Recently, in Portland, Maine, professionals and companies from the offshore wind industry discussed floating wind technology at the Afloat Technical Summit.

Dr. Habib Dagher of the University of Maine discussed Maine’s procurement bill signed into law three months ago, calling for 3 GW of deepwater offshore wind power generation by 2040. The procurement bill is the first of its kind focused solely on floating offshore wind. 

Walt Musial, offshore wind manager at the National Renewable Energy Laboratory (NREL), noted that 80% of the global wind resources are in over 60 meters of water, requiring floating wind technology to harness it.  

“Depth is really the main divider of how we use this technology. Around 60 meters is where we start to say, ‘Maybe that’s where the economic breakpoint is between floating and substructures’,” said Musial. “Floating substructures are different, they’ll be assembled differently, they’ll be deployed differently.”  

Though futuristic thinking is certainly necessary in a new industry, there was a lack of discussion around the serious challenges that offshore wind is currently facing domestically. Last month, Avangrid, a Connecticut-based company owned by Spain’s Iberdrola Group, confirmed that it has reached its second agreement with regulators to terminate its previously approved Power Purchase Agreements (PPAs) for the wind farms it is planning for in New England.

Avangrid has agreed to pay $48 million in penalties to Massachusetts for the termination of the PPAs. Also last month, the Massachusetts DPU agreed to the second walkaway this time for the SouthCoast Wind Project (formerly Mayflower Wind), which was to be developed through a joint venture between Shell New Energies and Ocean Winds North America.

A clear distinction exists between floating platforms and fixed substructures, yet many hurdles encountered in fixed-bottom offshore wind platforms will carry over to floating wind technologies. It's crucial to recognize that significant groundwork remains to be laid, as discussions and panels at times delved into advanced stages while fundamental issues persisted. At times, it felt panelists were discussing Step Five when the industry has not yet accomplished Step One.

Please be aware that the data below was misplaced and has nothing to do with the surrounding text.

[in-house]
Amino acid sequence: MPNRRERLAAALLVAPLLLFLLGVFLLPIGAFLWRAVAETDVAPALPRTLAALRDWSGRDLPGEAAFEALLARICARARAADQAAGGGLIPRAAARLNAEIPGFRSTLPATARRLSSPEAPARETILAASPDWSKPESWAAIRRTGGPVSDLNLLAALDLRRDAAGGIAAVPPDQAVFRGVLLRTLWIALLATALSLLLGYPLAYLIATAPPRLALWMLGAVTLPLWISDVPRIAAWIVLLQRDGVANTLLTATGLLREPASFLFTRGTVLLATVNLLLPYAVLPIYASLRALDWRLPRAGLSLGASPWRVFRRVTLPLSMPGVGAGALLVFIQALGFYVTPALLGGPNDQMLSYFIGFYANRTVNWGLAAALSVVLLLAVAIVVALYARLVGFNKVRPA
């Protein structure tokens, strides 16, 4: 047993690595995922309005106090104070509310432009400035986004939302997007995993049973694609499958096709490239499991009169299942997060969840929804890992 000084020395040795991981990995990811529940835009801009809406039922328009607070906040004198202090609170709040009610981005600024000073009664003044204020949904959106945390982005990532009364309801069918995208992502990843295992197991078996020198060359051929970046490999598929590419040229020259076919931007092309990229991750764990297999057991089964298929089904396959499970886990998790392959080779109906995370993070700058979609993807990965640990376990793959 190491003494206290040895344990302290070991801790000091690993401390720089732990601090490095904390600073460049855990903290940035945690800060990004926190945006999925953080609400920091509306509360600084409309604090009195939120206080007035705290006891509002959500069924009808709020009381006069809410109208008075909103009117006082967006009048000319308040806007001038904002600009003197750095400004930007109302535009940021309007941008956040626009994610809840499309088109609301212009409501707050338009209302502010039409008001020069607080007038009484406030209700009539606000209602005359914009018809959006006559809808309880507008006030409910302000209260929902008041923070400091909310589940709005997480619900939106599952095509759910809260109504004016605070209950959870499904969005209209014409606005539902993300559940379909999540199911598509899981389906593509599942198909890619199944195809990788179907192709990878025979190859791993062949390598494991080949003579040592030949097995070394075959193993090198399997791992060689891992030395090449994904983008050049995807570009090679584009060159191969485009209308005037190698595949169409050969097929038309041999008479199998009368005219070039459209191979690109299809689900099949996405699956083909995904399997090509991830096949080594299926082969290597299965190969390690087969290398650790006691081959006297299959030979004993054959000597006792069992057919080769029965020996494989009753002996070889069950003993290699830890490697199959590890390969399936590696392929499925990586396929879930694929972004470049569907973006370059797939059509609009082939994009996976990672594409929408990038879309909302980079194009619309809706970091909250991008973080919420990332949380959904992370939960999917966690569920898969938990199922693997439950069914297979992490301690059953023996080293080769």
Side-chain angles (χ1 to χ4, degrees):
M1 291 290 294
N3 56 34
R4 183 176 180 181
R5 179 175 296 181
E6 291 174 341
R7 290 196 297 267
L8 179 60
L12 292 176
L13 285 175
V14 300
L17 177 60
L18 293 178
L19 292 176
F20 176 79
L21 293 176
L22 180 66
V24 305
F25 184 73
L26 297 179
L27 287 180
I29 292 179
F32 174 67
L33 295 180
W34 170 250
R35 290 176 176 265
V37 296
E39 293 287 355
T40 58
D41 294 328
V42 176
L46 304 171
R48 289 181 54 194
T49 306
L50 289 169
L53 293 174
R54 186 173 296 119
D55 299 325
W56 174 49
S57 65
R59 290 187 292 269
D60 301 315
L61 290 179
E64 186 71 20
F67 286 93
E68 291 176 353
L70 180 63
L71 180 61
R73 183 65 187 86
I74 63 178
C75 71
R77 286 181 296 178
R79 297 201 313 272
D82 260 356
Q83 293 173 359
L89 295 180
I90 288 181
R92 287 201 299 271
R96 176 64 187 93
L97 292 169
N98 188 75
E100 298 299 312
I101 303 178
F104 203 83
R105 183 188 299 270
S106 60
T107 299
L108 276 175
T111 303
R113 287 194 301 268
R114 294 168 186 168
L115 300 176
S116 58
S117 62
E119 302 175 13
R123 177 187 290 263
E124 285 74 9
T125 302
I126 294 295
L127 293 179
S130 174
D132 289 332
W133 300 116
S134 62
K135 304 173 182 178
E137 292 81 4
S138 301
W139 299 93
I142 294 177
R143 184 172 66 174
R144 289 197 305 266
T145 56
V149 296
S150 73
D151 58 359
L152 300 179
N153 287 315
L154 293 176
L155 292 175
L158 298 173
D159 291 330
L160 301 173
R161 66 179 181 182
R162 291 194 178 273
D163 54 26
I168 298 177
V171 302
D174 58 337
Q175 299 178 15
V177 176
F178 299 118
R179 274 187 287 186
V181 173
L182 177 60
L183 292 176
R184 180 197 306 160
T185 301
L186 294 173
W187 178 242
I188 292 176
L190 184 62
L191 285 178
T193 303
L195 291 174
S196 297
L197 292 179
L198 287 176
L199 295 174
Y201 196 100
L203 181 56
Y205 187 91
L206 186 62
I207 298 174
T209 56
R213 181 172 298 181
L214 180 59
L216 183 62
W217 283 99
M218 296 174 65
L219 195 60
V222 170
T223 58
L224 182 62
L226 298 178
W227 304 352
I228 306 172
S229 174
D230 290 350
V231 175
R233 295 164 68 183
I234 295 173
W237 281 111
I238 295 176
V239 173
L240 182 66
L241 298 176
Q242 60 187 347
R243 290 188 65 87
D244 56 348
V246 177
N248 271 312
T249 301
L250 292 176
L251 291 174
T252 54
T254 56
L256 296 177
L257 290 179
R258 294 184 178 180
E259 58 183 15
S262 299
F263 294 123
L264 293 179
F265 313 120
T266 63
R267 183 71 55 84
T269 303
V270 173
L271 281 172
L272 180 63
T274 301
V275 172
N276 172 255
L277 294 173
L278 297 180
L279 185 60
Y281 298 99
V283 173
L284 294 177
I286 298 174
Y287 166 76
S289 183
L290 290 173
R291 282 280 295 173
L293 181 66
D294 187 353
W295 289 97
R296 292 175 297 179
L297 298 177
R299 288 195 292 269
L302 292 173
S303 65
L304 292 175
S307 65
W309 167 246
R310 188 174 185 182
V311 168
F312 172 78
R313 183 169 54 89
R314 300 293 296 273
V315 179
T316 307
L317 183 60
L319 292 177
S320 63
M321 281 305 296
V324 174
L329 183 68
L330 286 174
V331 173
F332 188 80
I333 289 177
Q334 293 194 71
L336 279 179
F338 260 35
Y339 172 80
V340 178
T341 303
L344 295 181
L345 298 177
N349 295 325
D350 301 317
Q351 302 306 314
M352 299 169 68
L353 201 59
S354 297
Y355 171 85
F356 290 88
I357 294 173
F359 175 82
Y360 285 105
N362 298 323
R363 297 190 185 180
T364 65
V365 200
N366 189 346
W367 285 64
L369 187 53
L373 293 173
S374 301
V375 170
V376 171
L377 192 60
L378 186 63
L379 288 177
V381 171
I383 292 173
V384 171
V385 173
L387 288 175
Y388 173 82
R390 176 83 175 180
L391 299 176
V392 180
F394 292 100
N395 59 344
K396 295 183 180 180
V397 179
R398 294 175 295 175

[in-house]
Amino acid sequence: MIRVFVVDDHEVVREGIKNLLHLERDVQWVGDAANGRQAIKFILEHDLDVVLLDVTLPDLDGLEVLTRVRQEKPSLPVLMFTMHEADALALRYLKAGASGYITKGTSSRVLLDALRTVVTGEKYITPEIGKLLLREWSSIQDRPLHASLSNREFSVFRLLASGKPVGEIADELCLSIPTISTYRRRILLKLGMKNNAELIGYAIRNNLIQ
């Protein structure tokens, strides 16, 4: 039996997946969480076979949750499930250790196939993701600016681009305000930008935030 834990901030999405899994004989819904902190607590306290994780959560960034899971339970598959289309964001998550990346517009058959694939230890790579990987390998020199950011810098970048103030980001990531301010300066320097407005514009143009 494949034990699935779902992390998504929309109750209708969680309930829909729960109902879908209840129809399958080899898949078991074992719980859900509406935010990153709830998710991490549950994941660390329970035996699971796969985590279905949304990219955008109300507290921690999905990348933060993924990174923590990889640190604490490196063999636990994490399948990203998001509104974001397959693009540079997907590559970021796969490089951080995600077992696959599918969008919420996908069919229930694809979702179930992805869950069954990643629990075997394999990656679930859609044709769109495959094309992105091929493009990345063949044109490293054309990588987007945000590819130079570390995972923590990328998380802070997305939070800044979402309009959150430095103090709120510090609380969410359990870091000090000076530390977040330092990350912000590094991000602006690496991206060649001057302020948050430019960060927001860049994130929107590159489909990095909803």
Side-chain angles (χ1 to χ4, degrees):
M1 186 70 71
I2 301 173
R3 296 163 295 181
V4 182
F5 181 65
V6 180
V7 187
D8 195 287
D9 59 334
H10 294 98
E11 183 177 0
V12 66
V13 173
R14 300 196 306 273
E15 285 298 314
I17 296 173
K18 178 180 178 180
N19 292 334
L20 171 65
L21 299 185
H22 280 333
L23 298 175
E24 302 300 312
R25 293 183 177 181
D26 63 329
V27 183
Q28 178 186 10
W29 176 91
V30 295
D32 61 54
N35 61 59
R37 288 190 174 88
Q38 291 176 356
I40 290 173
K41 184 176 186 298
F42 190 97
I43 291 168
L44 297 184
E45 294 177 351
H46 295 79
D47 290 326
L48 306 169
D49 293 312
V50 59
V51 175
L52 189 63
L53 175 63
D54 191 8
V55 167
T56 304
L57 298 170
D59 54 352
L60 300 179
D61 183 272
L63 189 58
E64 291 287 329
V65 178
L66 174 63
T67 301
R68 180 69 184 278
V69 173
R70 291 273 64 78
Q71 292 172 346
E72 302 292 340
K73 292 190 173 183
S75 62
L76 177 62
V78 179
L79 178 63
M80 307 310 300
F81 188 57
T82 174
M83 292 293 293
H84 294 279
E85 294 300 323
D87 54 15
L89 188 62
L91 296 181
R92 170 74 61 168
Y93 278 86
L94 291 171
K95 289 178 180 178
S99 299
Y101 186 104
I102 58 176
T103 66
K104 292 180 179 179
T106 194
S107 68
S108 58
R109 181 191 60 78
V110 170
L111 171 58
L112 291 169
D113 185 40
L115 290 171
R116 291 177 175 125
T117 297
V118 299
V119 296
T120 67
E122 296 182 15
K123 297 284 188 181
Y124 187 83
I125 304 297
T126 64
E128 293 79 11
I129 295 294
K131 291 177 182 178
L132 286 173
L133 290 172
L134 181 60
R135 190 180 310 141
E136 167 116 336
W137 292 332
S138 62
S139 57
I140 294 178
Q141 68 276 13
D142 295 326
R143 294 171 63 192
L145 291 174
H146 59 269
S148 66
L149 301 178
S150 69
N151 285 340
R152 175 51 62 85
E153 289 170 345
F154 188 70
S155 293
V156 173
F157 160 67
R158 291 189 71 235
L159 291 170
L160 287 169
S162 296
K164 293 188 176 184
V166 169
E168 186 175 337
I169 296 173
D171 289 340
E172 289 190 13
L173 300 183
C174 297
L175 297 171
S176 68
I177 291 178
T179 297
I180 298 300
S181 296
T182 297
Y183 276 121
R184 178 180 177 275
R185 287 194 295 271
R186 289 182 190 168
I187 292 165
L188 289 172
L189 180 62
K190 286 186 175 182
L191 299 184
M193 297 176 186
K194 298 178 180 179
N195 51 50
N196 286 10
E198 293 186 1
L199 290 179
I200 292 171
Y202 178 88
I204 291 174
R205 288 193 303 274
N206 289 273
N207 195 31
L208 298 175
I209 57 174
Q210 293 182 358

Overall, the conference stimulated meaningful discussions on the holistic integration of floating wind technology. The key takeaways from two days of industry dialogue and expert insights were as follows:

• There is a need for commercialization.

Ben Ackers of Pelostar stated the entire offshore wind industry is challenged by scale. WorkBoat photo.

The Global Wind Energy Council forecasts 16.5 GW of floating wind will be generated by 2030. To put that in perspective, a nuclear powerplant generates about 1 GW. So, by 2030, the U.S. is expecting floating offshore wind to generate the equivalent of 16 nuclear powerplants. If producers are using the current standard floating wind 20 MW turbine, which panelists stated was a generous prediction, that equates to roughly 825 turbines on the water. When considering sheer weight alone, each of those floating wind turbines weighs roughly 15,000-17,000 tons.  

“If we’re going to reach that goal, we can’t be waiting months for each (turbine), but we do need to get to the point where it’s only taking weeks,” said Chris Dorman of BW Ideol.

He claims that in Scotland, they’re capable of serially producing these floating wind platforms, and that it can be done locally by getting in with local supply chains. An example he provided were the use of concrete producers for their patented Damping Pool concrete floating technology.

DNV has put out an estimate that by 2050, floating wind technology will account for 264 GW of energy production. This would equate to 15% of all renewable energy, also noting by that year over two-thirds of all electricity will be generated from renewable resources.

In a whitepaper published two weeks ago, the Business Network for Offshore Wind contends that the U.S must invest $36 billion over the next decade to address the country’s offshore wind port infrastructure gap. These funds would flow to a minimum of 110 port sites across the East Coast, West Coast and the Gulf of Mexico to support the full buildout of the offshore wind industry.

“Our entire industry is challenged by scale, and that scale starts with the platforms themselves. We haven’t produced steel at this level for generations here,” Ben Ackren, CEO of Pelostar also spoke to the need for scale. “To achieve this target, we need to fabricate about 200,000 tons of steel per year. For the Gulf of Maine, we would also need about 40 kilometers of tendon cable to supply 50 turbines, and about 2,500 steel components that we can manufacture here in Maine.”

• Floating wind technology has been proven at shallower depths.

Yongyan Wu, Sr. principal naval architect at Aker Solutions discusses the company's V-Share mooring system. WorkBoat photo.